Retail 2023: Flooring dealers remain resolute
Is 2023 the year when retail finally faces the music – that the pandemic-induced wave that has enriched so many is over? Or will dealers’ entrepreneurial savvy prevail once again – inflation and labor shortages be damned?
If history is a lesson, don’t bet against the flooring industry. While most leaders recognize that economic uncertainty is likely to contribute to a weak first quarter (compared to the previous year), not everyone agrees that 2023 will be a bad year. “I don’t believe in the recession at all,” said Phil Koufidakis, president of Baker Bros., which has six locations in the Phoenix market. “The economy is still good and while things will stabilize appropriately, I just don’t see any tanking.”
His suggestion: “Stay lean, mean and aggressive.”
For some dealers, setting up systems to maximize profits while minimizing operating costs is a smart strategy to stay successful even in tough times. Having a good reputation in the market can’t hurt either. “One of the benefits of being a well-established brand with community roots is that our customers trust us,” said Sam Locher, vice president of business development and marketing for AJ Rose Carpets & Flooring, which has three locations in Massachusetts. “We expect the first quarter to continue as we have seen so far in the second half of 2022: people who have the resources will continue to invest in their homes with more expensive goods and those who need to replace floors will look for value. ”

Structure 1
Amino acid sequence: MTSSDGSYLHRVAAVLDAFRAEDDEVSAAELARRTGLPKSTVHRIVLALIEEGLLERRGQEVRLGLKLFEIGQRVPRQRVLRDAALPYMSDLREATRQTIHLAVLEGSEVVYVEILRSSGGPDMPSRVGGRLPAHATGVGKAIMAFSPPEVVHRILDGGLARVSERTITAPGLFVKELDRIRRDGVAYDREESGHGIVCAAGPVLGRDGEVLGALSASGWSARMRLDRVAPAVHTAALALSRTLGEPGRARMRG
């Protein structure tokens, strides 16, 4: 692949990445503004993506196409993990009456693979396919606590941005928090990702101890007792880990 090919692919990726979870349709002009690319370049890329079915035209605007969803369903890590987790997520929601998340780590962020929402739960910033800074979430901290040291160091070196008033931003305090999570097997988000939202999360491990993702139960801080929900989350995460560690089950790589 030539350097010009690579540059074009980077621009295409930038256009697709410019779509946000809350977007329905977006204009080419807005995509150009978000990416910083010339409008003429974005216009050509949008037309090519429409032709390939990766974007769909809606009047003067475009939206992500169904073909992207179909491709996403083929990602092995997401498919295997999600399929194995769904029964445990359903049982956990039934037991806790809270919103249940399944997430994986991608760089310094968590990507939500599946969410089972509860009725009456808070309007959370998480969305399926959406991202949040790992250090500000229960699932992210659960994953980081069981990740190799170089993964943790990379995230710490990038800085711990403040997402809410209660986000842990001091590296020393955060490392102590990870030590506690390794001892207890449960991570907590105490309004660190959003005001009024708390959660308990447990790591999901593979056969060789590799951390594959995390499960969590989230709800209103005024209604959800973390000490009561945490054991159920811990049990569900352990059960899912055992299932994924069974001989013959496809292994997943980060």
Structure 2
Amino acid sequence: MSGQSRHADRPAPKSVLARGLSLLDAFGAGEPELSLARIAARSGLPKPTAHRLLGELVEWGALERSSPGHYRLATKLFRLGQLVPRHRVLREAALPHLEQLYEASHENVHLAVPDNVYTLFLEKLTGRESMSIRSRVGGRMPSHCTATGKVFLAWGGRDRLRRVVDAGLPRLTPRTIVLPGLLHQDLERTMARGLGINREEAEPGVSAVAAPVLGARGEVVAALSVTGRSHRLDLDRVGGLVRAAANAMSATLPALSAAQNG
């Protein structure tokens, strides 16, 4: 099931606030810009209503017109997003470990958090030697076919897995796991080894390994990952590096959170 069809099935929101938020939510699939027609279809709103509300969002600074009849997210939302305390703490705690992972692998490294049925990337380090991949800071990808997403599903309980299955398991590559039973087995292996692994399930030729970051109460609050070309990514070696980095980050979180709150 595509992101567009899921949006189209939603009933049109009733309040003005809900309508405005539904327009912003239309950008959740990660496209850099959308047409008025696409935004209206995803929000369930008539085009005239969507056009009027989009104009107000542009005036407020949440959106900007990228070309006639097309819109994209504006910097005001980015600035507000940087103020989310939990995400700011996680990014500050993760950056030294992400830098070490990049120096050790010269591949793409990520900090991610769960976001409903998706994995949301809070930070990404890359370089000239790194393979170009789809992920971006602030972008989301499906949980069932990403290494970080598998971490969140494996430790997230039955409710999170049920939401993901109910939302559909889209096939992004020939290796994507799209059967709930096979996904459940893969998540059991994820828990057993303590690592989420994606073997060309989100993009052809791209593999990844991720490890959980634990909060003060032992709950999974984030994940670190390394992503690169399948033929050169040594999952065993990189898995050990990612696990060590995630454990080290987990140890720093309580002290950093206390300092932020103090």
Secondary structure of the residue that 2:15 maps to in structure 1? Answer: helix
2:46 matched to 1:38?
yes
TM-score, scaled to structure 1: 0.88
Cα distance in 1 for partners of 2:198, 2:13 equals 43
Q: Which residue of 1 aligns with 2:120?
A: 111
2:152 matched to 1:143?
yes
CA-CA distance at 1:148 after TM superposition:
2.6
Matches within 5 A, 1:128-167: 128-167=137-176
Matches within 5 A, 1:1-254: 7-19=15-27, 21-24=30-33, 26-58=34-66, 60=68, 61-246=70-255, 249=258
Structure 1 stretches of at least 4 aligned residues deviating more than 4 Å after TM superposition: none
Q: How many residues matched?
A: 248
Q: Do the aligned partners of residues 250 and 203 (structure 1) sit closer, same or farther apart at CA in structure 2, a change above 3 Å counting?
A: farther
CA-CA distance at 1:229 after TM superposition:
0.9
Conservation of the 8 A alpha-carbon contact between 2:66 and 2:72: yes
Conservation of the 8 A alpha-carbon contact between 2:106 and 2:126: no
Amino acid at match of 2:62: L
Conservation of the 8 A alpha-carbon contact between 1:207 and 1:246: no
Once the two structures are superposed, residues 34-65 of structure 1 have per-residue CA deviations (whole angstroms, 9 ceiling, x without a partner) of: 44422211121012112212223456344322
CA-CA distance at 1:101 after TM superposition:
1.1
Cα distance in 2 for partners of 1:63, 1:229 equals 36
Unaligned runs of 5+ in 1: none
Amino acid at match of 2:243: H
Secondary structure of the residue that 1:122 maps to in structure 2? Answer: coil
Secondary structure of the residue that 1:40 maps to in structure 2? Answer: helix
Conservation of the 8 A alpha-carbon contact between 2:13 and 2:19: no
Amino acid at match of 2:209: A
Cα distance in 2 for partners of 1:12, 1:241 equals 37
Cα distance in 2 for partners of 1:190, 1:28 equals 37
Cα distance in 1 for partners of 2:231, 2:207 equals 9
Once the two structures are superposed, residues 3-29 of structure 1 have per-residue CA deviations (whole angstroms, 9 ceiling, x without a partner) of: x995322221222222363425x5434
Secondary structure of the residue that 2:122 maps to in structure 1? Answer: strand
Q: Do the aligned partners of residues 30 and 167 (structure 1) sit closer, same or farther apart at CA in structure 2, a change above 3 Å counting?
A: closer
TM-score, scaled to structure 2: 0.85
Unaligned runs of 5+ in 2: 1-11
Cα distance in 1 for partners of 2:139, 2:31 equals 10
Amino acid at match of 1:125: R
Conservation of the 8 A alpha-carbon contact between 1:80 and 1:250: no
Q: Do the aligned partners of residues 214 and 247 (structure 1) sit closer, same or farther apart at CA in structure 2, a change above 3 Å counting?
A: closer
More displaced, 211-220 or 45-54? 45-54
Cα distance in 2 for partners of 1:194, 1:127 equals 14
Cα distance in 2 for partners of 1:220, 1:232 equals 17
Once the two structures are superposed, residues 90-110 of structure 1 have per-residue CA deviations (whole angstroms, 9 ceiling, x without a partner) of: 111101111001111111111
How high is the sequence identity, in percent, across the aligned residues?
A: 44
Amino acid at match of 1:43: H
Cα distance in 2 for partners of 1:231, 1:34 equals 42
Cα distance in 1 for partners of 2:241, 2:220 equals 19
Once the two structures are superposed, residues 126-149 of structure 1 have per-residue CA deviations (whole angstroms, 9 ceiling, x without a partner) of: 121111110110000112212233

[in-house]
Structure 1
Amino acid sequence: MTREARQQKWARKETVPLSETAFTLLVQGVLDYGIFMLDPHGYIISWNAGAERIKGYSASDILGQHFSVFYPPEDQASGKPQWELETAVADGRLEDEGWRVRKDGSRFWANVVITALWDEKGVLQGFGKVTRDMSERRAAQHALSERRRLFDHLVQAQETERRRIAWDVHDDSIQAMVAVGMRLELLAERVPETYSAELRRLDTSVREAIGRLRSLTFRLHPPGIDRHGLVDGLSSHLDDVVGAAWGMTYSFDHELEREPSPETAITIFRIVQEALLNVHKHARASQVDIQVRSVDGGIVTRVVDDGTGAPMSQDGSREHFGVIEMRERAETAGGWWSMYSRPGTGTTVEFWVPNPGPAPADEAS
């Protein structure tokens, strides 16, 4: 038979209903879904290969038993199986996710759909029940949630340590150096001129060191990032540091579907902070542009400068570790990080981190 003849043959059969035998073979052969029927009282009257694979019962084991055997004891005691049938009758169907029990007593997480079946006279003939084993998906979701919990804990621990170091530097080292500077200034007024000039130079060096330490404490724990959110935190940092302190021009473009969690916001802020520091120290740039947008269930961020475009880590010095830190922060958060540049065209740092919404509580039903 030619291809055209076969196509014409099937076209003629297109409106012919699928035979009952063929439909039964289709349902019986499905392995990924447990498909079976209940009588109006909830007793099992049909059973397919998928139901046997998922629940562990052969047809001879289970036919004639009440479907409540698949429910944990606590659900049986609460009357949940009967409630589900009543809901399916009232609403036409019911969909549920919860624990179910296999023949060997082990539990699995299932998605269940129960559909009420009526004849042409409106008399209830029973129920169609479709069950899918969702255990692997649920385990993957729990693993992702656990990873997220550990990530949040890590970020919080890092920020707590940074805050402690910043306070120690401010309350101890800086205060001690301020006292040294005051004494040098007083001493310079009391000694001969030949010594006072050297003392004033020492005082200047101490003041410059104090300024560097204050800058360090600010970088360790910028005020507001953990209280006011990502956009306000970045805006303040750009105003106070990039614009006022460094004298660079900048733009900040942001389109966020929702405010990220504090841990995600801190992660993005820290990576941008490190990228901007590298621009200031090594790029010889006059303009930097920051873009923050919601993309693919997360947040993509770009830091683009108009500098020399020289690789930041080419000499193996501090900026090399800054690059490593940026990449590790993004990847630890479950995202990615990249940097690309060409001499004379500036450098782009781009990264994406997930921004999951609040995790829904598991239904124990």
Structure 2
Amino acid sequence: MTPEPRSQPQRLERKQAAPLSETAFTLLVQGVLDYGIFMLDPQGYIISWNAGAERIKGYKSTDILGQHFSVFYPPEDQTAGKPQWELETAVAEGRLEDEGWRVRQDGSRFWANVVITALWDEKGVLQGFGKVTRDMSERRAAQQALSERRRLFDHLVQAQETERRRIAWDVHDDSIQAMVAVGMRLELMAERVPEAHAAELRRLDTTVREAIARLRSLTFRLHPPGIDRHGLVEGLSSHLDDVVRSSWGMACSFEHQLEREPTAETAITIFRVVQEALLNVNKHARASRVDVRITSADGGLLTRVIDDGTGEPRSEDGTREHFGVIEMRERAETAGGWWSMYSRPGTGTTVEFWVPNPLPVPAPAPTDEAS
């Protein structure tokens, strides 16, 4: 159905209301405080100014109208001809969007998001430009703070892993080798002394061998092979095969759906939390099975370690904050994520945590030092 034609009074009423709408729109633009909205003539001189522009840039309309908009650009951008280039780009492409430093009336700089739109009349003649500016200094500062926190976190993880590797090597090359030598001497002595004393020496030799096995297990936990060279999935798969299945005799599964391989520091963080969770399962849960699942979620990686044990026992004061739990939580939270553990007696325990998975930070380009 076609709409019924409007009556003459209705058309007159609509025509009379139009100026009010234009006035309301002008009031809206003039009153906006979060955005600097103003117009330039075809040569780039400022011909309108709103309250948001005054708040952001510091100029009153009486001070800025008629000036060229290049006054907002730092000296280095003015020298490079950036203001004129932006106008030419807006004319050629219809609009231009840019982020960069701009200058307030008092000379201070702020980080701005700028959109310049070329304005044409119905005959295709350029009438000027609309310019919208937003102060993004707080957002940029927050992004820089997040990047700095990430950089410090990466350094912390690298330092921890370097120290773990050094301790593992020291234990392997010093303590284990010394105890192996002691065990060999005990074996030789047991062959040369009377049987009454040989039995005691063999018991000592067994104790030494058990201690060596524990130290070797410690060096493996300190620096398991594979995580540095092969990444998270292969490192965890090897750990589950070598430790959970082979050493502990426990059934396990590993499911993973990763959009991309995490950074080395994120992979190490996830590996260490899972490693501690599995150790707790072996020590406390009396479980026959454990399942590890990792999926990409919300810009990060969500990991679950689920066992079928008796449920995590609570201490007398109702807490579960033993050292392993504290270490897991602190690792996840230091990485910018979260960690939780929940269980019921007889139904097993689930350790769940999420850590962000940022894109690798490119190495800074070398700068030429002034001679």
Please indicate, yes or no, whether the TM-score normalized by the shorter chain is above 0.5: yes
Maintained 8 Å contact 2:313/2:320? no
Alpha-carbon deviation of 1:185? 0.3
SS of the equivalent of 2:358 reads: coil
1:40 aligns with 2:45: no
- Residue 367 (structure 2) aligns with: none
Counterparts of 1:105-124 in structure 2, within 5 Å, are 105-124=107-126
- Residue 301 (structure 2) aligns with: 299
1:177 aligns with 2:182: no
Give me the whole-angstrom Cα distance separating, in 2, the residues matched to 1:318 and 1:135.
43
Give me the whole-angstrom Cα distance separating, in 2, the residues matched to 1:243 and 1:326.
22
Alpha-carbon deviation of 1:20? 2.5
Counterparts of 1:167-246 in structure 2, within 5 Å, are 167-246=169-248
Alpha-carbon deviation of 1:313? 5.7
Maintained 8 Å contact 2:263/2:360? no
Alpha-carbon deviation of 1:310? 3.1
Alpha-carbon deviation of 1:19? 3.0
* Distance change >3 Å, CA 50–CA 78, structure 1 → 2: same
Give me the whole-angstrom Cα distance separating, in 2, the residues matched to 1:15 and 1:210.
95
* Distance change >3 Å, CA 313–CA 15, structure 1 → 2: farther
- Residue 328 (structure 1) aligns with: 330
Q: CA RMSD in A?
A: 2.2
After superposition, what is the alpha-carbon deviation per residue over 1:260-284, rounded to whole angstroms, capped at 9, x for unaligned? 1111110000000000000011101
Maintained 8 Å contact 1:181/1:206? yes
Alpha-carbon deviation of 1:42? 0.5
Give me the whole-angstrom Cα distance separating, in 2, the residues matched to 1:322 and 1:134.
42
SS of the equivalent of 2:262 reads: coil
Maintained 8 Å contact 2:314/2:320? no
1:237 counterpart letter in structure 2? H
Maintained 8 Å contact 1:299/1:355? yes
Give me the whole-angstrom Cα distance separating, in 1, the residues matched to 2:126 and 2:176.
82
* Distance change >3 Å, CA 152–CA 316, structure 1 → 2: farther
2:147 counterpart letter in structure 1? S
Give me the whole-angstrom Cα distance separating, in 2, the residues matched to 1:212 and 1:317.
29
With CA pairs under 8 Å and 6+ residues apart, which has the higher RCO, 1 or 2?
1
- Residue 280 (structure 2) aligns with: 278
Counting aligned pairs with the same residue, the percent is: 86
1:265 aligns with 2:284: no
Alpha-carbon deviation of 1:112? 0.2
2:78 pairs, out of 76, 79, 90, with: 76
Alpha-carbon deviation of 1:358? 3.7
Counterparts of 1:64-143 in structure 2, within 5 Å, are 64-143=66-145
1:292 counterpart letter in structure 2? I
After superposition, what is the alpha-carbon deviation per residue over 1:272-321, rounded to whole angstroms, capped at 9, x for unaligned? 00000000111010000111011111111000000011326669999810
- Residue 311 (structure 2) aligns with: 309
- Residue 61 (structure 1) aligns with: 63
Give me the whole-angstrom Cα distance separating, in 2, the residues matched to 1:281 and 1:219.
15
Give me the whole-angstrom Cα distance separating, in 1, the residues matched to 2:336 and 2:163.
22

There is consensus among retailers that 2023 will only suffer compared to 2021 and 2022 because they were abnormally good years impacted by the pandemic. “We brought a lot of business forward in 2020 thanks to the home improvement boom caused by COVID-19 and the government stimulus measures of early 2021, which means there will be fewer sales opportunities in 2023,” said Eric Langan, president / owner of Carpetland USA (The Langan Group), with nine locations in Iowa and Illinois. Which is not to say that Langan will throw in the towel in 2023. As he put it, “We will continue to advertise and aggressively promote our business and continue to train our RSAs on how to sell in a tough sales environment. It will only get harder and more competitive to do business.”
In difficult times, it’s best to focus on the things you can control. So says Sheldon Yoder, owner of Budget Carpet and Flooring in Columbus, Ohio. “I’ve always thought that if you deliver quality work with quality service, you’ll always have customers. Even in a slow economy, there are always customers who want great products and great service – you just have to work a little harder to find them.”
Based on how the fourth quarter ended, which was flat for many, several leaders don’t expect an immediate recovery once the calendar rolls to 2023 as concerns about inflation and budget constraints surface. “Unless people absolutely must have new floors, they put it off and use that money for Christmas,” says Jim Mudd, president of Sam Kinnaird’s Flooring, Louisville, Kentucky. better – partly because it’s that time of year in Kentucky – but I believe March will take off. We will continue to advertise aggressively as there will be pent up demand in March.”